Facing a shortage of up to 100,000 teachers over the next decade, California governor Arnold Schwarzenegger has proposed spending $12 million to begin a recruitment program for retiring baby boomers. The Associated Press says the plan seeks to convince late 50-somethings to “swap tech for teaching.”

“The proposal sounds crazy at first,” says the lead paragraph of the AP story, which appeared in the San Jose Mercury. “Ask experienced scientists and engineers nearing the end of their professional careers to take a substantial pay cut and face a classroom full of teenagers in a public school.”

Schwarzenegger’s proposal is modeled after IBM’s two-year-old Transition to Teaching program, where 85 would-be teachers are moving out of their high-paying corporate jobs and into classrooms. (A team of mentors from the Teacher Leaders Network is offering support to some of those former IBM employers through a virtual mentoring program.)

“We have all these brilliant people that have the skills that we need to teach in math or in science,” Schwarzenegger told AP last week.

Well, maybe not ALL the skills. In a recent conversation in the TLN discussion group, several members shared stories about second-career teachers who were a bit overconfident about the ease with which they’d adapt to the teaching life. High school teacher Mary T wrote:

We had one: an anesthesiologist who decided to solve all of education’s problems by quitting his high paying job and moving into the classroom. His surprise: the kids wouldn’t automatically get on board with his teaching style. His management technique: throw a tantrum and refuse to teach, for which he continued to draw pay. Yes, there was arrogance initially on his part, and then finally the admission that teaching actually IS a hard job that has to be done right. I took small consolation in his epiphany after his year-long experiment. The losers: kids who were stuck in his class for a year and had to repeat the math course the next year.

As the conversation developed, we heard some success stories, too. Middle school teacher Susan wrote:

I have met some amazing career switchers, including my husband. I have shared the sometimes painful process of helping him make the transition from the business world. So here’s one more question that may be critical to switcher success: “Are you running to teaching or away from your current work?”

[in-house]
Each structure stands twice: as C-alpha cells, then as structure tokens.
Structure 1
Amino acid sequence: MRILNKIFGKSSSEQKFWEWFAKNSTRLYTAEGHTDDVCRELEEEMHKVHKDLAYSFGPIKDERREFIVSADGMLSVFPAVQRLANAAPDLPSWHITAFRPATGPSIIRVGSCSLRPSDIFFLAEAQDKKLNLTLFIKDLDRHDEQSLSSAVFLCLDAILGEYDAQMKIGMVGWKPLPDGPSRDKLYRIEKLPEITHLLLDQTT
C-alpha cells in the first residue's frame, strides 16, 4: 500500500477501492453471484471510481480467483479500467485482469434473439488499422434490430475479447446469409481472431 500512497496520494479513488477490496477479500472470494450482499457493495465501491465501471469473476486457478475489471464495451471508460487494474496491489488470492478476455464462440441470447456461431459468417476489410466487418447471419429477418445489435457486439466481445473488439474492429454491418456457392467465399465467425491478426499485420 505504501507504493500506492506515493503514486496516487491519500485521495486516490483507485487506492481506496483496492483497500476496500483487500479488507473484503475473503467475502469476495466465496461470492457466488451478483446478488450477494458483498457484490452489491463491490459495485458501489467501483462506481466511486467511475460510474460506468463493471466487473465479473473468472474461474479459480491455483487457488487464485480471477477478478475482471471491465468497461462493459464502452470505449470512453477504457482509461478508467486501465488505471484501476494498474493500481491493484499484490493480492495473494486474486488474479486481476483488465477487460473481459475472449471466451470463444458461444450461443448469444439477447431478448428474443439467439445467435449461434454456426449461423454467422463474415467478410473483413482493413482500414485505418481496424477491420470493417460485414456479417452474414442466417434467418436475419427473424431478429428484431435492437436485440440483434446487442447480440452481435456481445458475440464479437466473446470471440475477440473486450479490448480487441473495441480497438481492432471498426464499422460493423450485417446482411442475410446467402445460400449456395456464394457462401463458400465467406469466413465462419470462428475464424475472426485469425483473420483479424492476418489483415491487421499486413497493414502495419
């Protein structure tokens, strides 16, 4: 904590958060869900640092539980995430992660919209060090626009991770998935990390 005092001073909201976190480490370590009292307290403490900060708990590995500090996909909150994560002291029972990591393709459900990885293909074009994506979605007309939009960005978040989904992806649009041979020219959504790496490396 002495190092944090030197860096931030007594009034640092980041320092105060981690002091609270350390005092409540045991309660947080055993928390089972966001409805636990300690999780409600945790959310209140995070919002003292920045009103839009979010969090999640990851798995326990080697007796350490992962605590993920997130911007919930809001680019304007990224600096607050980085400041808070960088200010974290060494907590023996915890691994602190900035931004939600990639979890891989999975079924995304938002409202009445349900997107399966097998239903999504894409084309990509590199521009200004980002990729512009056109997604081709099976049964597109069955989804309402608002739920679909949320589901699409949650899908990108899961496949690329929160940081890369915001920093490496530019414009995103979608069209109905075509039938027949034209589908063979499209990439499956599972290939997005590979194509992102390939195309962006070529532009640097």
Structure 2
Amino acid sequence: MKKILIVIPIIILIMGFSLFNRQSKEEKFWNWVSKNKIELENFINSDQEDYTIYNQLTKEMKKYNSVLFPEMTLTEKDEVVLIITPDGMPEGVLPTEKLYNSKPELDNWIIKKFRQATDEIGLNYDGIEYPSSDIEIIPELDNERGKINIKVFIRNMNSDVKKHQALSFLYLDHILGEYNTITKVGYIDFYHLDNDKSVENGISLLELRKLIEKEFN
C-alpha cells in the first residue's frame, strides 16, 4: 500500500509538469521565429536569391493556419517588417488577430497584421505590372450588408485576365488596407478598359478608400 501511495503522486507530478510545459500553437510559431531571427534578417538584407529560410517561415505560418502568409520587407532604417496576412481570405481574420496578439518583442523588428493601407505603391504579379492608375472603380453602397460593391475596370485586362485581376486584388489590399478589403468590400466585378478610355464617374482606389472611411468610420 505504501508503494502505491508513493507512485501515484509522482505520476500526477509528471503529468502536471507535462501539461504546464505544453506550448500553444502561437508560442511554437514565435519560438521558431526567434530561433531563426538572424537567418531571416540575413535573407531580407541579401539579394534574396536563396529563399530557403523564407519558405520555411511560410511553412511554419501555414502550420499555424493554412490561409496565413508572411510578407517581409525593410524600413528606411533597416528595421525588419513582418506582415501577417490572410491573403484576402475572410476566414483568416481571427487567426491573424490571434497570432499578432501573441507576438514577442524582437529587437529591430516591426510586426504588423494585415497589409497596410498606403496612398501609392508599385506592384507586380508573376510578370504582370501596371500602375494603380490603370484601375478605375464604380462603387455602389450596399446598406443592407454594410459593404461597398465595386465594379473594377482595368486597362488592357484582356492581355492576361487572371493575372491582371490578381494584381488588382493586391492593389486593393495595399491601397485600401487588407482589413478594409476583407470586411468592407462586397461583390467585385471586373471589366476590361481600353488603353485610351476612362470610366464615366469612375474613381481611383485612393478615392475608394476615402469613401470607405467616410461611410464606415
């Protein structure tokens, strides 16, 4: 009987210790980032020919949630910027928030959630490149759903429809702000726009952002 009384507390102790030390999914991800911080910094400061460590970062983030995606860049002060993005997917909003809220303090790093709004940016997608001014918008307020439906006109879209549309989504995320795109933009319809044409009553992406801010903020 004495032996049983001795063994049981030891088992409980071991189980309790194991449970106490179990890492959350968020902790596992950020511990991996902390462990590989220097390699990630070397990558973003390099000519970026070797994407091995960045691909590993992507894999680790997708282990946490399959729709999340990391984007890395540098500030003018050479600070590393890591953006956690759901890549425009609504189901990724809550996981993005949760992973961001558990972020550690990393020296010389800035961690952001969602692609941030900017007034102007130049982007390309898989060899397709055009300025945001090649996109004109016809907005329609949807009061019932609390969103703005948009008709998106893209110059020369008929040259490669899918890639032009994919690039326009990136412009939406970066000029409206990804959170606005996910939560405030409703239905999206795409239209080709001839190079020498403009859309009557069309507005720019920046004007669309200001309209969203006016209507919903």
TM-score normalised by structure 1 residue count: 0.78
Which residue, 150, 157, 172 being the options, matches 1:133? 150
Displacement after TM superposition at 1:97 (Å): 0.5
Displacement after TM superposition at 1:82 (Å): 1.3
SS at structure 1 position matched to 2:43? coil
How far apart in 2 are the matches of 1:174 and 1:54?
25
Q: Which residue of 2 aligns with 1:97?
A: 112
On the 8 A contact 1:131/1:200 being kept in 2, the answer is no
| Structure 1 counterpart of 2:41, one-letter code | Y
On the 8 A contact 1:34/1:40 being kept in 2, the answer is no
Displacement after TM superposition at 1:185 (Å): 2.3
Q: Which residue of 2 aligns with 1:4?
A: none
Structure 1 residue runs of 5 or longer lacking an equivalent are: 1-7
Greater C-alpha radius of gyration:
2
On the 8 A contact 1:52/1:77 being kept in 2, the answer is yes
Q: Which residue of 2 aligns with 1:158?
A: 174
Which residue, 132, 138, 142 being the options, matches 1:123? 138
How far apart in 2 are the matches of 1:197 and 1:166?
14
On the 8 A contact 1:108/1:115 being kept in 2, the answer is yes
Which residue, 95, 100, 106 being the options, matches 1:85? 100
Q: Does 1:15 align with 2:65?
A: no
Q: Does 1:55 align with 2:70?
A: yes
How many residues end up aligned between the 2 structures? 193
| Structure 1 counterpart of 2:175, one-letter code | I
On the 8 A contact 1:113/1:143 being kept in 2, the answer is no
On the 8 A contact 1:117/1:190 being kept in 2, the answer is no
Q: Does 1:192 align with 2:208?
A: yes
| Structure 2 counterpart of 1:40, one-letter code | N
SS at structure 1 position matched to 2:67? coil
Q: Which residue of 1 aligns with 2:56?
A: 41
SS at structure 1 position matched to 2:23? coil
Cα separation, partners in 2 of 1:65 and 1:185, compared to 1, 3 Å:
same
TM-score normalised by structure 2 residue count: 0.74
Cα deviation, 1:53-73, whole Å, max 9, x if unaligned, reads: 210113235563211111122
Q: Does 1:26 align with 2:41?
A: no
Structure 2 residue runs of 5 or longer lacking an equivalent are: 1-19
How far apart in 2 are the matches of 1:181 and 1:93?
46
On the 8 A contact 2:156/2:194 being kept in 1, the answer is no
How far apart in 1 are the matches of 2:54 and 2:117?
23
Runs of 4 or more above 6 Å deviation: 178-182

We once had new teacher who career-switched from Intensive Care nursing to middle school Language Arts. When I asked her why she made the change she replied, “ICU patients were just too demanding.” Want to guess whether she finished the year?

Mary thought the damage to students and schools from poorly designed transition programs was not really the fault of the career-switchers but “the end result of a system that refuses to acknowledge what a highly skilled profession teaching is.” She wondered why “the shortages in the classroom of qualified instructors is always being resolved with a finger in the dike kind of solution (like career switchers), rather than making the harder choice to acknowledge teaching as lifelong career choice that makes sense for heads of households and is worthy of compensation, both in pay and in respect.”

Schwarzenegger and others developing this program will need to heed the words of Margaret Gaston, director of the Center for the Future of Teaching and Learning in Santa Cruz, who was quoted in the AP article. She noted that the Governor’s own commissioned studies of education policy have revealed that California is (quoting from the AP story) “renowned for launching new education programs, many of which fizzle out after a few years or are not monitored to see whether they work.”

Gaston also warned that career-switchers must have support once they’re in the classroom. “We don’t want these retirees to develop what we call ‘switcher shock’ — to be so stunned by the conditions that they find themselves in that they leave right away.”

That “switcher shock” could be more intense than average if the plan proposed by Schwarzenegger goes anywhere. The oldest baby boomers will be about 70 a decade from now. Are they really ready for Emo — or whatever comes next?

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